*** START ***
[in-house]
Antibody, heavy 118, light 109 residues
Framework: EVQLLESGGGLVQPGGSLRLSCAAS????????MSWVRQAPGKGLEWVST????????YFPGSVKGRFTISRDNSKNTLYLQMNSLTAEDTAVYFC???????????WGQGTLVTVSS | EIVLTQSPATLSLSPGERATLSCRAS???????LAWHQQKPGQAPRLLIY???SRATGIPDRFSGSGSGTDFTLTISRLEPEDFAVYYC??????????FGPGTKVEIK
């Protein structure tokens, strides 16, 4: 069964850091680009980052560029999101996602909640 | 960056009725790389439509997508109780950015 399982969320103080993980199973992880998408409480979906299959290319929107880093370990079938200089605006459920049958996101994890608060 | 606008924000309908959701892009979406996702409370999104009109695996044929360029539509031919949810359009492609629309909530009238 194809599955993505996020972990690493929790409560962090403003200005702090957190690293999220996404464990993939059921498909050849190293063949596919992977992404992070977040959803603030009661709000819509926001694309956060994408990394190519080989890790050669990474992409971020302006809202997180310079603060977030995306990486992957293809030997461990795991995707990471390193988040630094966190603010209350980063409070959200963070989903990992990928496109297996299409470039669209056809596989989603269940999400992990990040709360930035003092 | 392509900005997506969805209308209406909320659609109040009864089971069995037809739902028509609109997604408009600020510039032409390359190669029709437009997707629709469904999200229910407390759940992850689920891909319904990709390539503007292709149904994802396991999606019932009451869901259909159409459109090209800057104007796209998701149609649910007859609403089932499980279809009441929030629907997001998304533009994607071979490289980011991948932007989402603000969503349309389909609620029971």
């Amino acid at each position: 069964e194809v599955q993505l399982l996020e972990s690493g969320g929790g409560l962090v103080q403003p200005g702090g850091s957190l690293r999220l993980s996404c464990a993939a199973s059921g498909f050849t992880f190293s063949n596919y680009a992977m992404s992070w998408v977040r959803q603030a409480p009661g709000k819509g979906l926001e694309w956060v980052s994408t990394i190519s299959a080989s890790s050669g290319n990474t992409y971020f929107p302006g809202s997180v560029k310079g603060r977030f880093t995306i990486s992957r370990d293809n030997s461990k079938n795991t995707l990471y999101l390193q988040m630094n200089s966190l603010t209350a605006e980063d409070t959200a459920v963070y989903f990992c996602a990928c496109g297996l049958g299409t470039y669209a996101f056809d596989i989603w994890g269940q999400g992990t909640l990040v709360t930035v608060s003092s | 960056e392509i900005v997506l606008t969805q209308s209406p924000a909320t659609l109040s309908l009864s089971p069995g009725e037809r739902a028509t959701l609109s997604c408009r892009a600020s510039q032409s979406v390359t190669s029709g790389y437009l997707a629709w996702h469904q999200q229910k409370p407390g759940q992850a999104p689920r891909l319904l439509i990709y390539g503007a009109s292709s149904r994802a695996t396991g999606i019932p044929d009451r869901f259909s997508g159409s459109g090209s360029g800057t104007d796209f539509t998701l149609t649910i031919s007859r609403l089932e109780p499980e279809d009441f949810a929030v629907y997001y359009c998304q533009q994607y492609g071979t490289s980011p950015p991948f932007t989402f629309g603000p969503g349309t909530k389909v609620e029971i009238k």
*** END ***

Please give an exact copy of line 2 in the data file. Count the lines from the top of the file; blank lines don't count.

Antibody, heavy 118, light 109 residues